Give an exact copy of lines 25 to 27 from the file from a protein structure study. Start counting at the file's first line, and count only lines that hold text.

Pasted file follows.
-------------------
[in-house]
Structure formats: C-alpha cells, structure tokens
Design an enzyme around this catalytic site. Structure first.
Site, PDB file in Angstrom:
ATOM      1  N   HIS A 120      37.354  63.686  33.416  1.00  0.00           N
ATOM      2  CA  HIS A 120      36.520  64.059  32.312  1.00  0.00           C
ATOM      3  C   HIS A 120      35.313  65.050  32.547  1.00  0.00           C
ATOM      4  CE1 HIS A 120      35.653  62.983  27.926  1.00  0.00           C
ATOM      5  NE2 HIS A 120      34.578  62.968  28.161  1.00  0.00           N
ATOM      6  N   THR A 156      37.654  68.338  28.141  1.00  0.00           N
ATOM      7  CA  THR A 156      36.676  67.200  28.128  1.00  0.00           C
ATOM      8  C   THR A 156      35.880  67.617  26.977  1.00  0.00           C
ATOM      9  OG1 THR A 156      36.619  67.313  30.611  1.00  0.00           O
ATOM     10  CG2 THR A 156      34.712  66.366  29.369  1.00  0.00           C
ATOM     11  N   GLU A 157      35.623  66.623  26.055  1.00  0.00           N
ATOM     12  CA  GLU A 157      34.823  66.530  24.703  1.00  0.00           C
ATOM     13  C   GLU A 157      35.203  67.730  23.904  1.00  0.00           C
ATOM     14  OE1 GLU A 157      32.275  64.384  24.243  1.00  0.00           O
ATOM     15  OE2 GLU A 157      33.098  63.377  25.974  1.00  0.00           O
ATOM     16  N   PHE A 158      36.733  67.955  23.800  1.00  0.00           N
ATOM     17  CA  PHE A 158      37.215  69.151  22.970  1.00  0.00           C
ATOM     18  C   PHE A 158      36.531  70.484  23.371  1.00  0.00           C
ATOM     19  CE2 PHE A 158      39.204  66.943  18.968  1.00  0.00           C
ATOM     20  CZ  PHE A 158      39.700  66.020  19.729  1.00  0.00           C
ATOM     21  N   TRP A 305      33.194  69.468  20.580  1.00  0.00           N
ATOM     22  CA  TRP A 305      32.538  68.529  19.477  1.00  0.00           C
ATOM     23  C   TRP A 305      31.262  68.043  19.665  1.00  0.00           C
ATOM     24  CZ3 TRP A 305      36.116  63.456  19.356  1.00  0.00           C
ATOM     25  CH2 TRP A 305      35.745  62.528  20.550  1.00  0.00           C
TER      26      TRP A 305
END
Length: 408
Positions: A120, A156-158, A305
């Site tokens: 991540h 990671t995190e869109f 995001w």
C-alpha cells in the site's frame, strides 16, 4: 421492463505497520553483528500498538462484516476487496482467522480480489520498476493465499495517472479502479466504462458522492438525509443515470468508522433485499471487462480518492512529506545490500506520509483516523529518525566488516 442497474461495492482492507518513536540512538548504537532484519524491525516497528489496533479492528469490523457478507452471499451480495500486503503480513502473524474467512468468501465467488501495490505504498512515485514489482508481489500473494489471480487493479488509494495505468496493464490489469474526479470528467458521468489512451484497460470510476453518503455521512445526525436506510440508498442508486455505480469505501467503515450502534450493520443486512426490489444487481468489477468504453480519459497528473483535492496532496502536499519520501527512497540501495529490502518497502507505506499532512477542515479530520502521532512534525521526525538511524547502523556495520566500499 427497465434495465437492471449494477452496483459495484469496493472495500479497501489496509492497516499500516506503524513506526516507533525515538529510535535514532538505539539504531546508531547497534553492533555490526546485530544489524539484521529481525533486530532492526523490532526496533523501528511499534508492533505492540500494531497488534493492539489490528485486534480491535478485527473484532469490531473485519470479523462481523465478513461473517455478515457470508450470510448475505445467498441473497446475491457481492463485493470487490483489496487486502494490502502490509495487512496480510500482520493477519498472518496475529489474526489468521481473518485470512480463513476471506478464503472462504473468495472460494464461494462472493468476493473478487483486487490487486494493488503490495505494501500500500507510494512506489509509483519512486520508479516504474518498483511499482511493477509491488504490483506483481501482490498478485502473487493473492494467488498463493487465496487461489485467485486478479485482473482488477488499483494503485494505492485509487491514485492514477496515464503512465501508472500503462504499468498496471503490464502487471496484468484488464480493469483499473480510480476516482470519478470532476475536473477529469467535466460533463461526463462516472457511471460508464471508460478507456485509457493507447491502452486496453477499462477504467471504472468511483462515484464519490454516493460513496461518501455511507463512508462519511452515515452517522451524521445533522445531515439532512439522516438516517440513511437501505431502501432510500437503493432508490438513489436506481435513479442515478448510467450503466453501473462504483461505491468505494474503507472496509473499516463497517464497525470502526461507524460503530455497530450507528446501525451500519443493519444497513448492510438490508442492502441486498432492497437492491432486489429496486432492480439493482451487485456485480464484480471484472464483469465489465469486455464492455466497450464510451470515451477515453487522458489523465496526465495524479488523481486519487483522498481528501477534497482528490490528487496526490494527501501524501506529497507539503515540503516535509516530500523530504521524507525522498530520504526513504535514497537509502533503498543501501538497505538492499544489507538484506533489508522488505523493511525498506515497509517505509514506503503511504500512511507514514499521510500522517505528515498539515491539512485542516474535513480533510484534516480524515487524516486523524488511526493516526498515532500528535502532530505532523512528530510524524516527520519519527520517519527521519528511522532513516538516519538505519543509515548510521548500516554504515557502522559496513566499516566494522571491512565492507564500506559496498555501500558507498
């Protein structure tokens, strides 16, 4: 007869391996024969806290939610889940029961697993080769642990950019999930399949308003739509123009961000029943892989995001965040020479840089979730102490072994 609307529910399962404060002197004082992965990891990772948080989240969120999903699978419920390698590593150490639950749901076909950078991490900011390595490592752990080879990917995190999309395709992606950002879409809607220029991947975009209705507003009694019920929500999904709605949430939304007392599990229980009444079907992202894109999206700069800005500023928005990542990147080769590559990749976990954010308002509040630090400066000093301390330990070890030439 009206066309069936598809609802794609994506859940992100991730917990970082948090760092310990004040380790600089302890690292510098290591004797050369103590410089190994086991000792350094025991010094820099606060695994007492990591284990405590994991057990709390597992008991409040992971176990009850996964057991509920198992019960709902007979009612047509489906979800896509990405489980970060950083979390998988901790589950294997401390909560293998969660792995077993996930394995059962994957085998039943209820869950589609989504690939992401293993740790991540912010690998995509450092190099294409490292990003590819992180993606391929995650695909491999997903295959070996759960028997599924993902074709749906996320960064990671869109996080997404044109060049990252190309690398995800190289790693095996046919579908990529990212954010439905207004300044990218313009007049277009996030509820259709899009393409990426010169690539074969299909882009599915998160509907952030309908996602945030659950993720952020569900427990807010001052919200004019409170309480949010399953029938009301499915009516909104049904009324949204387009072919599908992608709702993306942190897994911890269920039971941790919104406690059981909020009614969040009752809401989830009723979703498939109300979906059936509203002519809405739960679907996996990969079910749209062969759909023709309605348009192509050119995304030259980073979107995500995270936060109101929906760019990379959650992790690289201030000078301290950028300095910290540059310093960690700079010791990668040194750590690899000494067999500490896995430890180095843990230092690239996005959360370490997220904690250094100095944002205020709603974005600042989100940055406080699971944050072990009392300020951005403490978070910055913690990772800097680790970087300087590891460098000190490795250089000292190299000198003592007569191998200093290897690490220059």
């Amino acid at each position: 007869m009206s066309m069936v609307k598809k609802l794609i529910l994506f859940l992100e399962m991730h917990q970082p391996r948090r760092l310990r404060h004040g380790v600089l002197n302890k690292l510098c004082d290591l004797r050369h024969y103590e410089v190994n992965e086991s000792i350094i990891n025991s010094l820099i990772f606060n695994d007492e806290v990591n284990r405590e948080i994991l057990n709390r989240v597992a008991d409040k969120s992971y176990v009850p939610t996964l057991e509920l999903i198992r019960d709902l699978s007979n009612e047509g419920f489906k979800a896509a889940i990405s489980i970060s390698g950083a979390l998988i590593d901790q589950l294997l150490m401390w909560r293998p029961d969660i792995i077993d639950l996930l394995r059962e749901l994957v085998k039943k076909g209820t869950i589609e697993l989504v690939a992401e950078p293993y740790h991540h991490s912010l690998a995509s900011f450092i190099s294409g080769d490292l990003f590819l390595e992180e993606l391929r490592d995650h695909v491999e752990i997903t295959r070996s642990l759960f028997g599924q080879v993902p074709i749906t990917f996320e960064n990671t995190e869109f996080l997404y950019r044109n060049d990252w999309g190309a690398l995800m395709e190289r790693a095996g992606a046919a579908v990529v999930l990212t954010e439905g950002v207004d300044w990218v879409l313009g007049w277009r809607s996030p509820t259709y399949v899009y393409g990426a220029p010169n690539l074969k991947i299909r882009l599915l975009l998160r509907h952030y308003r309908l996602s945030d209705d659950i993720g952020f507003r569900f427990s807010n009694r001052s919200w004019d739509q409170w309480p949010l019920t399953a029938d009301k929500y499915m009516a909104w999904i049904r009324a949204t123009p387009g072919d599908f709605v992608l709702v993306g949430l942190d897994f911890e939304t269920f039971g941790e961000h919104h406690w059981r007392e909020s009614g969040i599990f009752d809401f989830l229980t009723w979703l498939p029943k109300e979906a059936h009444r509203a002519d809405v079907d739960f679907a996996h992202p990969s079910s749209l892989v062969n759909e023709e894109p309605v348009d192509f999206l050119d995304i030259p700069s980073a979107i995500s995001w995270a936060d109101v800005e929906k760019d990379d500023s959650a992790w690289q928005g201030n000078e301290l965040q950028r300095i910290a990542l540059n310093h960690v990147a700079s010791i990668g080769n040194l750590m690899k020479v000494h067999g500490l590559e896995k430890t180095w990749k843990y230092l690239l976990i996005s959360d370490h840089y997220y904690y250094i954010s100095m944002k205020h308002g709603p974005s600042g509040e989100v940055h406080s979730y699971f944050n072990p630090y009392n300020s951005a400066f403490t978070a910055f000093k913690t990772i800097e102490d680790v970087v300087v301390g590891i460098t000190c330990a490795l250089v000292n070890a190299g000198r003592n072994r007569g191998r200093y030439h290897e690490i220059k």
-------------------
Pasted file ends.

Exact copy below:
ATOM     21  N   TRP A 305      33.194  69.468  20.580  1.00  0.00           N
ATOM     22  CA  TRP A 305      32.538  68.529  19.477  1.00  0.00           C
ATOM     23  C   TRP A 305      31.262  68.043  19.665  1.00  0.00           C